How to tell if a cannabis dispensary is legal? Pull out your phone

To tell if a dispensary is licensed or not, use your phone to scan the QR code by its front door. Also standard business hours are 6 a.m. to 10 p.m. Photo by Shutterstock.

The California Legislature just approved a $100 million boost to the state’s struggling legal marijuana industry. It still needs approval from Governor Newsom, but if he signs off on it, Los Angeles will reportedly see the biggest chunk of the funding. Some say it can help create a thriving, well regulated and legal cannabis market. Currently, the industry is still far outnumbered by unlicensed businesses according to researchers

Alex Traverso, communications chief of the state’s Bureau of Cannabis Control, says the illicit marijuana market is still too big. “That's the problem. But we're trying to attack it in a variety of ways, obviously, with licensing, getting more more people licensed as quickly as we can.”

Some people who are trying to break into the cannabis market say the current process for retailers to switch from a temporary, provisional license to a permanent one is costly and complicated. Traverso says a mix of things can help address that, from supporting license applicants to having strong enforcement against illegal operators.

How can cannabis consumers tell the difference between legal and illegal retailers?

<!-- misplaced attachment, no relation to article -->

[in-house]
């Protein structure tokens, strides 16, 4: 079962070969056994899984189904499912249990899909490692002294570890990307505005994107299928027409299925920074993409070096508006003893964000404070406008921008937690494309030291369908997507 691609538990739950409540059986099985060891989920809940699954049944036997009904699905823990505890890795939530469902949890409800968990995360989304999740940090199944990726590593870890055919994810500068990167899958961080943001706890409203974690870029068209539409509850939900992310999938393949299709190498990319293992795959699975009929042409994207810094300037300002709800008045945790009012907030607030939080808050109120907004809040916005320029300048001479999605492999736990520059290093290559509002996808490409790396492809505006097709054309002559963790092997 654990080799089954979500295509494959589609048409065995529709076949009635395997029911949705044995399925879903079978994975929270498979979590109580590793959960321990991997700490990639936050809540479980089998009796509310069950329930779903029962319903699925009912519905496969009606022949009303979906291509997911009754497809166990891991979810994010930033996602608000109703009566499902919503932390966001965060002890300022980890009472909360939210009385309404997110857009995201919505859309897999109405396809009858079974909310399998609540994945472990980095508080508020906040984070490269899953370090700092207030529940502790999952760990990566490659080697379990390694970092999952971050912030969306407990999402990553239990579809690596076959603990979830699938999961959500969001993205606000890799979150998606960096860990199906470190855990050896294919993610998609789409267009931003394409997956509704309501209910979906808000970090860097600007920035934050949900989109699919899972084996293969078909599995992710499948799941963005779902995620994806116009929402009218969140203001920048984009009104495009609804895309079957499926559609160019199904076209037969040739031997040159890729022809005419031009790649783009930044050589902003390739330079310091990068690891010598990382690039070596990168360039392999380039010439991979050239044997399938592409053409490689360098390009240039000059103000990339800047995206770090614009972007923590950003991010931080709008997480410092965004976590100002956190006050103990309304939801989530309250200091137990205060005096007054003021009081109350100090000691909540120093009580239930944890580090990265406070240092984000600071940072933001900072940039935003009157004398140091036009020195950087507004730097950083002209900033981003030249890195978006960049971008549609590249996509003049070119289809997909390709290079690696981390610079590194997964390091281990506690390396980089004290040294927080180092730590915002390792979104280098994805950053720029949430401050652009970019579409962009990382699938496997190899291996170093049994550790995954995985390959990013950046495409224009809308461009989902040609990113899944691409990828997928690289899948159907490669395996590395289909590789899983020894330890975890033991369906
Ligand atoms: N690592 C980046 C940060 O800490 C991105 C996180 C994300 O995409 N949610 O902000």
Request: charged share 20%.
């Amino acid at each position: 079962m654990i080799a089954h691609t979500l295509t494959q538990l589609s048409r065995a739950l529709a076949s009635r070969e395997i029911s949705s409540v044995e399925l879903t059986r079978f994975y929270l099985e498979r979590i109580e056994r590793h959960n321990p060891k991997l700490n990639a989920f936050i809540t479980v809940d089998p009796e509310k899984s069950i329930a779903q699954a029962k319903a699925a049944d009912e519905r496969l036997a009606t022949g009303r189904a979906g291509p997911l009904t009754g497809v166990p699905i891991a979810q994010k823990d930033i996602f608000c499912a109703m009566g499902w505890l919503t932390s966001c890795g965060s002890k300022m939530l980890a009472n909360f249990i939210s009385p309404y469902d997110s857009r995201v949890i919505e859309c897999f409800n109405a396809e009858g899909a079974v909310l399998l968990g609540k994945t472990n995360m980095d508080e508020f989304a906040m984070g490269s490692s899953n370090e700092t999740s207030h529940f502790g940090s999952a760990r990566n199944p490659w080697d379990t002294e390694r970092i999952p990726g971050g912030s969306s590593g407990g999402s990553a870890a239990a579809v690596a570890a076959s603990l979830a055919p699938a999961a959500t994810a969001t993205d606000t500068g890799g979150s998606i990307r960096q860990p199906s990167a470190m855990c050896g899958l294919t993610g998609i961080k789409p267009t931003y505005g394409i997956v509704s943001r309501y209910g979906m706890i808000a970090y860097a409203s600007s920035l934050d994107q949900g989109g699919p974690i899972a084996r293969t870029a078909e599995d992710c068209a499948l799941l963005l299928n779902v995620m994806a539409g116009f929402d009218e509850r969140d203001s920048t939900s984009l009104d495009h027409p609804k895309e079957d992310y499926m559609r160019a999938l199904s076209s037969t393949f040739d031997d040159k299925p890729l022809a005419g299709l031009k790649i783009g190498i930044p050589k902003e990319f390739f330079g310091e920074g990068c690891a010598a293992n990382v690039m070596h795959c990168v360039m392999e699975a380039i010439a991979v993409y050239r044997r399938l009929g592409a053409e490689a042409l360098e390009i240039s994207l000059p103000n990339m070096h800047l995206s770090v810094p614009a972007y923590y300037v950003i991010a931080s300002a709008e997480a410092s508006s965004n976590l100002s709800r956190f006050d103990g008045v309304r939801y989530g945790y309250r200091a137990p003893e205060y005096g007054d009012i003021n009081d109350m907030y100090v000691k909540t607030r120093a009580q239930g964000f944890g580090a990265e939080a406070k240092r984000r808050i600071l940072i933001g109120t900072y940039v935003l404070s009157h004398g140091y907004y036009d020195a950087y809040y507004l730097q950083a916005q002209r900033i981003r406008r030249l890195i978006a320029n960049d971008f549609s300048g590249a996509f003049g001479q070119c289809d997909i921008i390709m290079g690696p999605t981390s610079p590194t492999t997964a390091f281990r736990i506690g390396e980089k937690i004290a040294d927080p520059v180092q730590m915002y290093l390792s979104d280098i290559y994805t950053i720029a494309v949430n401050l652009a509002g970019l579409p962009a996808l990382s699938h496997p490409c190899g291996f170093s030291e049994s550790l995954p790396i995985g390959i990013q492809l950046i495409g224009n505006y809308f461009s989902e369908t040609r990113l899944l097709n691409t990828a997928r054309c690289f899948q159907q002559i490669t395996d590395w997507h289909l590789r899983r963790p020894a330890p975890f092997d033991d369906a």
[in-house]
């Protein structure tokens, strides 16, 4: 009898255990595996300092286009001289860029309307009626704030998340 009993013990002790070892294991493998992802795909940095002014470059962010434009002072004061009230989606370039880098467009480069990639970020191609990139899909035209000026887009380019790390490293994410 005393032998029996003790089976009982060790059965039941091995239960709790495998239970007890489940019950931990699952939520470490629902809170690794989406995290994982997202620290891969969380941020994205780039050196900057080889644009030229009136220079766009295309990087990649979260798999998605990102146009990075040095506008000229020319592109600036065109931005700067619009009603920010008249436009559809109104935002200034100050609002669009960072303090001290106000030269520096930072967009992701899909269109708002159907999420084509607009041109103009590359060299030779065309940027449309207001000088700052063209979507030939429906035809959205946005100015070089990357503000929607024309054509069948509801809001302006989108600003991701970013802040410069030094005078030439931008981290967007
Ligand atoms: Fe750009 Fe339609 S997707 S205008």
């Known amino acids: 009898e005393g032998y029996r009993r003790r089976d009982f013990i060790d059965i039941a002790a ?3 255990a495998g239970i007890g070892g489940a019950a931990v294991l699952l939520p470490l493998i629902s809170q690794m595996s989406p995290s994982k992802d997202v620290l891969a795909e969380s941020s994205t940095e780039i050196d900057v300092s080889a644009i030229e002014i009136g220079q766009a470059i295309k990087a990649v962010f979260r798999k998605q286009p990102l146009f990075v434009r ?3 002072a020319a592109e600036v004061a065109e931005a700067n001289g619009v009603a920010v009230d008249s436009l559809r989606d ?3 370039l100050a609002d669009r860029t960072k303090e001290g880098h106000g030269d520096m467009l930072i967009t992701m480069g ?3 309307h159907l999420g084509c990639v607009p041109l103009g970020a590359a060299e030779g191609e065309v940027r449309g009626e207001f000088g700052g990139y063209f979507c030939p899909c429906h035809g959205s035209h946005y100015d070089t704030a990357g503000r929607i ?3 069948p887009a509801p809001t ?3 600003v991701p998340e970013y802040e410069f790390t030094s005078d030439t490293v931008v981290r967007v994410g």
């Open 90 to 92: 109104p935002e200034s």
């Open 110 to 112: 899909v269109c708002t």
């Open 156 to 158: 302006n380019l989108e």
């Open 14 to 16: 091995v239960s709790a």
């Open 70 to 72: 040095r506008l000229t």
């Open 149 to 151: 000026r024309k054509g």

One thing to look out for: business hours.  Traverso says, “Standard hours of operation are … 6 a.m. to 10 p.m. So if you see a shop open at midnight or 1 in the morning, and people lingering out front, that's not a licensed shop.”

Also look behind the counter. “If you see cannabis flowers behind the shelf in a big glass jar and people are digging around with their hands … that would be against our rules as well.”

Most importantly, the state has created a QR code that people can scan with their phones that will tell you whether a retailer is licensed or not. Traverso says, “It's right at the front door so they don't even have to walk in the front door before they see the QR code on the license. They can scan that just to make sure they're going to the right place.”

While some consumers and retailers say high state and local taxes are helping the illegal cannabis market thrive, Traverso says it’s not that easy. “Our system is built on local control. So cities and counties can really determine their tax rates.”

He says the state is just five years into creating the cannabis system and its plan of consolidating multiple licensing authorities into one can help streamline the process. “The industry will have a one-stop shop for cannabis. … Change is around the horizon.”